Pakistan Steel Mills workers say will challenge mass layoffs in court

Updated 29 November 2020

Pakistan Steel Mills workers say will challenge mass layoffs in court

  • PSM management argues the company’s accumulated losses reached Rs212 billion ($1.33 billion) in June
  • The termination of 4,500 contracts is believed to be the biggest layoff from a single entity in Pakistan’s history

KARACHI: Pakistan Steel Mills (PSM) employees are going to challenge in court the company’s recent decision to terminate the contracts of thousands of workers, union representatives said on Sunday.

The management of the state-owned company on Friday handed letters of termination to some 4,500 employees, arguing that PSM’s accumulated losses had reached Rs212 billion ($1.33 billion) in June, when the government decided that 9,350 workers would have to be fired for the dysfunctional enterprise to be revived.
“PSM has terminated 4,500 employees in the first phase of government’s plan to lay off 9,350 employees ... The employees have refused to accept this termination they have registered protests and have decided to challenge this decision in court next week,” Mirza Maqsood, President of Voice of Pakistan Steel Officers Association, told Arab News.

Located 40 kilometers from Karachi, Pakistan’s largest industrial complex with a steel production capacity of 1.1 million tons has been dysfunctional for the past few years. Its operations were suspended in 2015.
“Neither the Company has funds to revive the Mills nor are funds available from any other source to revive the Steel Mill. In any case, revival of the mill would require, firstly massive investment and secondly, entail a period of at least two years,” reads a PSM termination letter seen by Arab News.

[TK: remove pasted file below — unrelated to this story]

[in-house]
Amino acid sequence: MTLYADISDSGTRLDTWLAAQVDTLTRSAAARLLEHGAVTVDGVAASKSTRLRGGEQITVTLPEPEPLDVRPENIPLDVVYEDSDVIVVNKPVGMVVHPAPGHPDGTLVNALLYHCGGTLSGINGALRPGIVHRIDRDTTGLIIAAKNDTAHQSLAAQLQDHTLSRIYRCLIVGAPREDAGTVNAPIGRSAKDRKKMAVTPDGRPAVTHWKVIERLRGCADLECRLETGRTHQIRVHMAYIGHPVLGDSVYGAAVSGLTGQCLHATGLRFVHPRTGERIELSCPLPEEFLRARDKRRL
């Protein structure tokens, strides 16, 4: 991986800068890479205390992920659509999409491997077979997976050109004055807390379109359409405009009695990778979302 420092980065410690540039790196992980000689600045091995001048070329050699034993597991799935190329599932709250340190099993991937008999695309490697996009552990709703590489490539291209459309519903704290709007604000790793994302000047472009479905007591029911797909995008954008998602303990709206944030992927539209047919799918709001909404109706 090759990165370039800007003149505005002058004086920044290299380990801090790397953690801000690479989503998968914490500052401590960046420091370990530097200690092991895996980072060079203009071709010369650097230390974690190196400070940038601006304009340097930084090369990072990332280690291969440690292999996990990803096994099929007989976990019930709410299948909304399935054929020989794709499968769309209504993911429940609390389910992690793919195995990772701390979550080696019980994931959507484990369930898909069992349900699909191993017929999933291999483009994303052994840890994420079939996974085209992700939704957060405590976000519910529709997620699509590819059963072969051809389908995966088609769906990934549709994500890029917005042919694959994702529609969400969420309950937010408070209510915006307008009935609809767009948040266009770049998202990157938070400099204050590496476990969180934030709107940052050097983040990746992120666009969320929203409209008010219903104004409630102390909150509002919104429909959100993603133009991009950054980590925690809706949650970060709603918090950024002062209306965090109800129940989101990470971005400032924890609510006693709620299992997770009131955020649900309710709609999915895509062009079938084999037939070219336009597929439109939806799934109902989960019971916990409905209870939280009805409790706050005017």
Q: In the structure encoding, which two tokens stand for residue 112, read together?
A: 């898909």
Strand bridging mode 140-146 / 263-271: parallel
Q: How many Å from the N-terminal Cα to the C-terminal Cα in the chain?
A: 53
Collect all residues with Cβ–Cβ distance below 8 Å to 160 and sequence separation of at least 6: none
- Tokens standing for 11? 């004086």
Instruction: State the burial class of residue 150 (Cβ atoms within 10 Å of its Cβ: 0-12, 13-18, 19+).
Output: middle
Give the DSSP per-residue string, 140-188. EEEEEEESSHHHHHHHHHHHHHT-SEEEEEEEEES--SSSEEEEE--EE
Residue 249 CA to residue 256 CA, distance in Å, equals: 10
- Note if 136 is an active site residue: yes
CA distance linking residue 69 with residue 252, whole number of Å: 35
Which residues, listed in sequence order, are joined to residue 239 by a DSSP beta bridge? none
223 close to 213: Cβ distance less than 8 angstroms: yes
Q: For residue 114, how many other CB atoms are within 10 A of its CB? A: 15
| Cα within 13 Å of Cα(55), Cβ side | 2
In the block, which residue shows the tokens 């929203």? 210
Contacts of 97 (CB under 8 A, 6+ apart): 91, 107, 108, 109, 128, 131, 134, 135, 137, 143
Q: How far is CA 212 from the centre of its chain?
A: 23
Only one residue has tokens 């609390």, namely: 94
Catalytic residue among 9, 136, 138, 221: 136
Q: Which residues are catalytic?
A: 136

The layoff was defended by federal Industries and Production Minister Hammad Azhar, who on Saturday said the terminated employees would be given compensation of Rs2.3 million on average.

“Since the closure of the mill, the government has paid around Rs35 billion as salaries and Rs20 billion as arears to the employees,” he said.

The discharge of workers is said to be one of the biggest layoffs of employees from a single government entity in the country’s history. 
 Karamat Ali, executive director at Pakistan Institute of Labor Education & Research (PILER), said the PSM layoff in unprecedented.
“No such number of employees have ever been fired from a single government institution,” he said.
The decision was also opposed by the provincial government of Sindh, which vowed to support the affected employees. 
“This is wrong and injustice. They (the federal government) must adhere to their earlier stance and commitments of turning the state institutions around with the help of their champions. I am with the employees,” Sindh Labor Minister Saeed Ghani told Arab News.
Mumrez Khan, convener of a representative body of employees, pensioners, suppliers, dealers and contractors of PSM, said that no serious efforts have been made by the federal government to revive the mill, claiming that negligence had caused losses even higher than those cited by PSM management.

“The accumulated losses have swelled to $12 billion on the account of closure of plants, revenue to the government and imports of steel products,” he said.